I went back up north on Friday, yet again. When I got there a nurse from Hospice was with mom. Someone from Hospice had been out earlier in the day to evaluate things. The nurse who came back was meeting with my sister and I to tell us what mom does and doesn't qualify for. Mom seems to be doing okay in her current situation. The health assistant we hired, Follie, can handle things right now. The hospice nurse asked mom if she wanted a catheter yet. Mom said no. She can't hold her urine at all, but I realize this is a dignity/last stage thing going on with mom. She asked me if my kids know she wears diapers. I told her yes, but we call them depends, not diapers. The Hospice nurse also was able to get mom more nausea meds. Mom now has a patch behind her ear - in addition to her pills she takes every 6 hours. The Hospice nurse asked if mom wanted a hospital bed - she said yes. On Saturday it arrived and we have mom set up in the living room. She's more involved with what is happening during the day. At least she can see what's going on and watch TV.

Mom can barely walk. In fact, standing is hard for her to do. She can't use her left foot/leg at all. When we get her to stand up it is so hard to get her to turn around so she can sit in the wheelchair. Mom signed forms for no CPR and to not be resuscitated, when those times come.

The Hospice nurse also gave us a booklet on what to expect during these next final months. Mom is definitely in withdraw. Friday night she wouldn't talk to Eileen and me nor would she look at us. Eileen kept pressing her for what she was thinking about and she wouldn't answer. I told them I thought I knew what she was thinking about. Mom looked at me with a sort of look that said, no you don't. I asked her if she wanted to hear my thoughts but told her they were brutally honest. She nodded yes. I told them I thought mom was scared to die and leave Eileen. Mom's tears confirmed this for me before she nodded yes once again. It was getting late. I was suppose to be the one staying with mom, but I could tell she really needed her baby. Eileen said she was going to head to mom's house to sleep for the night. I told my sister that what mom really needed was for her to cuddle with her. Again mom had tears and she held Eileen tight. As I was kicked out of the room my throat was dry and I couldn't swallow. Total rejection as a child. My relationship has never been like my sister's with my mom. Did it hurt? Hell yes. Do I realize the entire dynamics of the situation? Of course. It still hurts.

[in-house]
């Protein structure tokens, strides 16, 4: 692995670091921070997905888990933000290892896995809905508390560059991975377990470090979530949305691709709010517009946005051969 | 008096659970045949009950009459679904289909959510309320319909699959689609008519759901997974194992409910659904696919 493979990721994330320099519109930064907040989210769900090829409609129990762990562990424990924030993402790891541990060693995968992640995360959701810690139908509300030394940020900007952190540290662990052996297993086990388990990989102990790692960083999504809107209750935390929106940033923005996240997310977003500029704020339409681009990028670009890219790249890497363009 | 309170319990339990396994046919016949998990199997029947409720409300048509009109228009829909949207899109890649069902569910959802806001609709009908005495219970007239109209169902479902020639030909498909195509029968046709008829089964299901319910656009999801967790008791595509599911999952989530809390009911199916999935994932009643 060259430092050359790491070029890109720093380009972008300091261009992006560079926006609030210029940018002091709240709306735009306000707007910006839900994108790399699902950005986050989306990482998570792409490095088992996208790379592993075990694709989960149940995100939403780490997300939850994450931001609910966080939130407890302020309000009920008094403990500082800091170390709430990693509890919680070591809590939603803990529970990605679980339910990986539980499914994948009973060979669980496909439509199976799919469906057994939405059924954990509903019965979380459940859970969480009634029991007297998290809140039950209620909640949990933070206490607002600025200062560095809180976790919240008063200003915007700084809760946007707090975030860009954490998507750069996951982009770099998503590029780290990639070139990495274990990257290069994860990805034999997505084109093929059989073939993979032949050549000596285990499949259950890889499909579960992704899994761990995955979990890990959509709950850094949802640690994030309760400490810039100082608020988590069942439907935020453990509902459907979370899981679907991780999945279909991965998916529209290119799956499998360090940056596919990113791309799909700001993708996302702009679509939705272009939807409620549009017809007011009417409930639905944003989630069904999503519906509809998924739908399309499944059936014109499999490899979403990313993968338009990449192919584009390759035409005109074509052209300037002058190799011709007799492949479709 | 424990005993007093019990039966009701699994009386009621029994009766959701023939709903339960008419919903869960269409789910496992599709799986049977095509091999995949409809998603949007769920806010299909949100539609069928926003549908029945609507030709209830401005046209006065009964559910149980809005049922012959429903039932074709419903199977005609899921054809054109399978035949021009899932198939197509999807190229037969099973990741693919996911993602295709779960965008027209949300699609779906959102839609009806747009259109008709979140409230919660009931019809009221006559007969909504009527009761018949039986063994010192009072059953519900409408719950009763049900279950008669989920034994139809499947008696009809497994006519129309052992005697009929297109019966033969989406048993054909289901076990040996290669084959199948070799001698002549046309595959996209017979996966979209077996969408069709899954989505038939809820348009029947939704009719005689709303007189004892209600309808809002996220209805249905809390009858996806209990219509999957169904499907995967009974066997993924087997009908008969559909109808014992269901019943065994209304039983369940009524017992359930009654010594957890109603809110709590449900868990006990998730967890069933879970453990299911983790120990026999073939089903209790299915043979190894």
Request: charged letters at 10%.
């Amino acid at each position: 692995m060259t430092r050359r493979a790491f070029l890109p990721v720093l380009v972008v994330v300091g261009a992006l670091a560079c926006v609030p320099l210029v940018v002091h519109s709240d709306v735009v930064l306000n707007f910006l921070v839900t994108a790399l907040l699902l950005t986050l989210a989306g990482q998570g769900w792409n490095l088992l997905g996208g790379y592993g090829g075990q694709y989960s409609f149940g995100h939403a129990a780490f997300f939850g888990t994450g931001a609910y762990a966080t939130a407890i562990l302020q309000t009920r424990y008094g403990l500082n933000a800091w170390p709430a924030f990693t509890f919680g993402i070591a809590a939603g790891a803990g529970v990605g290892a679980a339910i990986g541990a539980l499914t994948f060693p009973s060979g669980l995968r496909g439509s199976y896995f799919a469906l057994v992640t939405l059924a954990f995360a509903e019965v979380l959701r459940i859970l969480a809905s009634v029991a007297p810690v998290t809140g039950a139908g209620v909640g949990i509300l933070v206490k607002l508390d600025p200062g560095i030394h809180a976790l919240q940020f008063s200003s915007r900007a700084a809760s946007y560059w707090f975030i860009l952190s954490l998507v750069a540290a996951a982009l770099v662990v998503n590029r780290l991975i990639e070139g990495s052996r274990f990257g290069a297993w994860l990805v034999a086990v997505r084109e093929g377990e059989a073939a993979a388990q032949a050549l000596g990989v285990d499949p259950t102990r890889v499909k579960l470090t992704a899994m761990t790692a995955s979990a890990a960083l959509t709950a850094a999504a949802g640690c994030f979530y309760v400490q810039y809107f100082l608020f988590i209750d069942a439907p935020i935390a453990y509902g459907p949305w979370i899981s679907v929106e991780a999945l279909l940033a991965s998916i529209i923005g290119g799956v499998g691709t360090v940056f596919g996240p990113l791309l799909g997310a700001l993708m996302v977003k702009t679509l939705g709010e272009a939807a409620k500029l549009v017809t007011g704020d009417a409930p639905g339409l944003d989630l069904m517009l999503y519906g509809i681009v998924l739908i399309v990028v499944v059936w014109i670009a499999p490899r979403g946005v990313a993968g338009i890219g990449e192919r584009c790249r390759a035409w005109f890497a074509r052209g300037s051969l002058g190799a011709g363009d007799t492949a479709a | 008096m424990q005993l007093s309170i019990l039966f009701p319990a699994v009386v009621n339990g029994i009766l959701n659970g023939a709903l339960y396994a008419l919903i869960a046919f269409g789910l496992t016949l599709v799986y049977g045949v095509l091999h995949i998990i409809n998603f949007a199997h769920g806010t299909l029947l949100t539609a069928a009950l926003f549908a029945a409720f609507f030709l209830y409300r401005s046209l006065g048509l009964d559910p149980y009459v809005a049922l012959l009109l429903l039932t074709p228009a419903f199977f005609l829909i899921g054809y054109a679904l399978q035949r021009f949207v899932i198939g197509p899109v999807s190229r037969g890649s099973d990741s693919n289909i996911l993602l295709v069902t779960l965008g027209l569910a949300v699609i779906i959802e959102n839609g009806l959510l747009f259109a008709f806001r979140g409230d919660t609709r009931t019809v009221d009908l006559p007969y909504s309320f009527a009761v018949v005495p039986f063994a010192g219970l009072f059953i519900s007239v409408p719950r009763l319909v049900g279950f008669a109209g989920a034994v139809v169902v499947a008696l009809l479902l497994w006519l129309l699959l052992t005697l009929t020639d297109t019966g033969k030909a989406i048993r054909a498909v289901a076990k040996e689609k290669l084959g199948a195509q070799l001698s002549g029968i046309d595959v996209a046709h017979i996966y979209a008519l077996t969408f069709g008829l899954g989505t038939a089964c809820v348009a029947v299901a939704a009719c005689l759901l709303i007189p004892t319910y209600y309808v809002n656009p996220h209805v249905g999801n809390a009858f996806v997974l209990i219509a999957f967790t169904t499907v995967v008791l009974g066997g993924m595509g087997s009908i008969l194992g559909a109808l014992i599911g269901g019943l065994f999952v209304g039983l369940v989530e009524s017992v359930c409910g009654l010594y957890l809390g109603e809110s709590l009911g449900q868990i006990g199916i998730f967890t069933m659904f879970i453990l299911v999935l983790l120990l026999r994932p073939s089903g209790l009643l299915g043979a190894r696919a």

I had trouble falling asleep out on the couch. I woke up both times Follie woke up - I heard her door open as she went to take care of mom. I went back and helped anyway. It is after all still my mom.

On Saturday my sister had to leave by 5 am. At that time I was welcomed back into mom's bed. Her new bed arrived at about 9. After it was set up and made we were able to get mom into it. Now she can be more comfortable with her head up and down at the press of a button. She can look out the back windows at the leaves changing color and the squirrels playing in the trees. She can see the TV and control the remote! She can be near grandma who fiddles a lot with nothing in the kitchen.

At about noon Follie and I got mom into the bathtub - she sits on a chair in there - and she had a bath. What a task! I had to physically stand in the tub and hold her naked body as I helped her out of the tub when she was done. This might have been her last bath in the tub. She's just too hard to move around and she can't help us at all.

That afternoon my sister, her husband and young son arrived. My sister and I took mom and Follie up to see Art. What a mistake that was. He is much worse than I had imagined. Any doctor who tells my sister that he can pull out of this and be okay is out right lying to her. I think Art will permanently be this way, but that is just my opinion. What you see when you see him is a shell of an unresponsive person. He has had a fever again (off and on) of near 103. He has a trach, a feeding tube, a catheter and bowel bag. The room smells of feces. The nurse on duty said they did get him to open his eyes when they called his name and squeeze their hand just slightly, earlier in the day. In personthe nurse admitted that to rouse him you have to talk really, really loud right in his ear. The other day a nurse told me, "well, he does have some brain damage and some swelling, but he's just taking a few antibiotics and mostly meds. to control his seizures. " I thought the swelling was in his brain. He might have some there, but his hands are really swollen too. He has those pressure socks on his legs to keep his circulation working. As for the brain damage? No doctor has said anything about that yet. I am sure the nurse is correct.